The doctor shows supreme medical skill and saves the narrator with a concoction of drugs, resulting in the fascinated narrator returning regularly to sit and learn from the doctor, his new friend. As their talks continue, it becomes increasingly evident that the doctor has an obsession with defying death through all available means.

The doctor's room is kept cold at approximately 56 degrees Fahrenheit (13 degrees Celsius) using an ammonia-based refrigeration system, the pumps driven by a gasoline engine. As time goes on, the doctor's health declines and his behaviour becomes increasingly eccentric. The cooling system is continuously upgraded, to the point where some areas are at sub-freezing temperatures--until one night when the pump breaks down.

Without explanation, the panic-stricken doctor frantically implores his friend to help him keep his body cool. Unable to repair the machine until morning and without a replacement piston, they resort to having the doctor stay in a tub full of ice. The narrator spends his time replenishing the ice, but soon is forced to employ someone else to do it. When he finally manages to locate competent mechanics and the replacement part however, it is too late.

He arrives at the apartment only to see the rapidly-decomposed remains of the doctor, and a rushed, "hideously smeared" letter. The narrator reads it, and to his horror, finally understands the doctor's peculiarities: Dr. Muñoz was undead, and has been for the past 18 years. Refusing to give in, he has kept his body going past the point of death using various methods, including perpetual coldness.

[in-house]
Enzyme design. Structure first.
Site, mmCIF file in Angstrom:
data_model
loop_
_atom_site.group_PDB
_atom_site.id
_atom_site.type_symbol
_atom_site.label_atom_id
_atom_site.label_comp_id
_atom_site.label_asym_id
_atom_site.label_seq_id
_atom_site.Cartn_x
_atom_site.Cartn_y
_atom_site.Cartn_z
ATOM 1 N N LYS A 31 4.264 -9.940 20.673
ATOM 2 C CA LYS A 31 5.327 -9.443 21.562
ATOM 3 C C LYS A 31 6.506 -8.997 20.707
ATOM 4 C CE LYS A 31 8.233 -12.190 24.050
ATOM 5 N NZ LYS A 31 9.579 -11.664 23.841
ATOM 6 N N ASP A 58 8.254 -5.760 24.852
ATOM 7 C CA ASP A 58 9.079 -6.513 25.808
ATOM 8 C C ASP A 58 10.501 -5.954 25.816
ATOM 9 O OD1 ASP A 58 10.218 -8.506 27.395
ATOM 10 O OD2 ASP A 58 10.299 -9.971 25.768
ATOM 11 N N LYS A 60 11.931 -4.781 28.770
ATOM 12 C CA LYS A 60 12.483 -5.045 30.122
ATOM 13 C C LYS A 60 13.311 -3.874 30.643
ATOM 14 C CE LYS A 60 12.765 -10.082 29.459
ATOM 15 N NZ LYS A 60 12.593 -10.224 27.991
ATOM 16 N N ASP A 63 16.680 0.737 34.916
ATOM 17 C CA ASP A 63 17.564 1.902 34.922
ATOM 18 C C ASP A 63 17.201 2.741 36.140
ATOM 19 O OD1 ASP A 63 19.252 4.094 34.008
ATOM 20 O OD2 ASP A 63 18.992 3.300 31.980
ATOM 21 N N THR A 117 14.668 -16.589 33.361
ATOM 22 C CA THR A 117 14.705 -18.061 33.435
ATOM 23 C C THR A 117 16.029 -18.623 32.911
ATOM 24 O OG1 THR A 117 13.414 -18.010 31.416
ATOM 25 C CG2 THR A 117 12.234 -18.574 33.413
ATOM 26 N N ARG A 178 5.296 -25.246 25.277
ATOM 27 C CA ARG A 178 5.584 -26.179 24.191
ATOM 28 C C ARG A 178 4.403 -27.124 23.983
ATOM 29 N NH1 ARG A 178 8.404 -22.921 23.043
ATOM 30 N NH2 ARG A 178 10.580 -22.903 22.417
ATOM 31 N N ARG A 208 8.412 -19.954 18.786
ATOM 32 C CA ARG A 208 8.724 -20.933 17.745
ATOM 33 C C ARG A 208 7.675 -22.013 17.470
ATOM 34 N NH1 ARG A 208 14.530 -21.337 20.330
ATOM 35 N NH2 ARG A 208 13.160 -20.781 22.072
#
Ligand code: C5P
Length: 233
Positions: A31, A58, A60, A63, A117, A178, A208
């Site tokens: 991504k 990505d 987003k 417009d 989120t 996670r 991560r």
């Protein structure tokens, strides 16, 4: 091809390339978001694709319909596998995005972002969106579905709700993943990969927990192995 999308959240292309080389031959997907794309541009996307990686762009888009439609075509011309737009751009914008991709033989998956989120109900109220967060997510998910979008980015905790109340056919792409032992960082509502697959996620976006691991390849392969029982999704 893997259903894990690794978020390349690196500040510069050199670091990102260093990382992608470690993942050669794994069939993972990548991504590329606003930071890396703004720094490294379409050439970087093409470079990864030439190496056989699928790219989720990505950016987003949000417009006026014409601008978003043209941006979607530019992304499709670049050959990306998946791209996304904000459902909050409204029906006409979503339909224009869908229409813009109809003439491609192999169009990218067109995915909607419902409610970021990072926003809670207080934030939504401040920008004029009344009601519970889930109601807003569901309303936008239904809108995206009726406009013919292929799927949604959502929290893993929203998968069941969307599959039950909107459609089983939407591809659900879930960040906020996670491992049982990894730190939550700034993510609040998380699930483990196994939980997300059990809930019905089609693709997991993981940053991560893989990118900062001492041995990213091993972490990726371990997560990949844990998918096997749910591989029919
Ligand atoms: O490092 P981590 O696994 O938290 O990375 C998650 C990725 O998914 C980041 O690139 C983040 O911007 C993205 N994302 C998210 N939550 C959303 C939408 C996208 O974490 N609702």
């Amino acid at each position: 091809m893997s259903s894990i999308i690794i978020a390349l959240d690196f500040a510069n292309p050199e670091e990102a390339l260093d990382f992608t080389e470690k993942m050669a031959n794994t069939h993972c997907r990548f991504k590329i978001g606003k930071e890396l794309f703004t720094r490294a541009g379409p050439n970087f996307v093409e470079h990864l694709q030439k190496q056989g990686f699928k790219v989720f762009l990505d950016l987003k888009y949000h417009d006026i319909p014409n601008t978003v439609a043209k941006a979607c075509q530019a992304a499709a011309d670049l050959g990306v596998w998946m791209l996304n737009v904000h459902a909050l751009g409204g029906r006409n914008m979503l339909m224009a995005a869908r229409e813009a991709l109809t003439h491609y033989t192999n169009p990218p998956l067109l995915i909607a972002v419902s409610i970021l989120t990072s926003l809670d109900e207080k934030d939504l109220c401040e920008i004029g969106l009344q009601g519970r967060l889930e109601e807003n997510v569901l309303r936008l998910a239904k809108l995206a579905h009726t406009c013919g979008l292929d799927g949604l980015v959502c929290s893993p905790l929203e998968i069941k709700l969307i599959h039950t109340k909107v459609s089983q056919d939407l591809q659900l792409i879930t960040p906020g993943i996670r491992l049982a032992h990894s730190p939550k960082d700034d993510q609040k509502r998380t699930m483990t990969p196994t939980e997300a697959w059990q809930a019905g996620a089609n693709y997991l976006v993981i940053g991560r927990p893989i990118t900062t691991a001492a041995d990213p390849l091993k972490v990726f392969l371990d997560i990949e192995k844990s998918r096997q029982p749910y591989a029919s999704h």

Doctor Muñoz

A Spanish physician of "striking intelligence and superior blood and breeding", he is described as "short but exquisitely proportioned", with a "high-bred face of masterful though not arrogant expression", "a short iron-grey full beard", "full, dark eyes" and "an aquiline nose".[9] He calls himself "the bitterest of sworn enemies to death", and one who had "sunk his fortune and lost all his friends in a lifetime of bizarre experiment devoted to its bafflement and extirpation."[10] Saying he feels a "repugnance" on first meeting Muñoz that "nothing in his aspect could justify", the narrator remarks on "the ice-coldness and shakiness of his bloodless looking hands" and that fact that his breathing was imperceptible.[10]

An H. P. Lovecraft Encyclopaedia suggests that Muñoz may have been modelled on Lovecraft's Brooklyn neighbour, "the fairly celebrated Dr. Love, State Senator and sponsor of the famous 'Clean Books bill' at Albany...evidently immune or unconscious of the decay."[11] This is presumably William Lathrop Love, a Brooklyn physician and freemason who was a state senator from 1923 until 1932.[12]

The narrator

The unnamed narrator has come to New York to do "some dreary and unprofitable magazine work". He has drifted from one cheap boarding house to another before finding that the one on West Fourteenth Street "disgusted [him] much less than the others he had sampled."[13] After being treated by Muñoz, his upstairs neighbour, he becomes "a disciple and devotee of the gifted recluse".[14]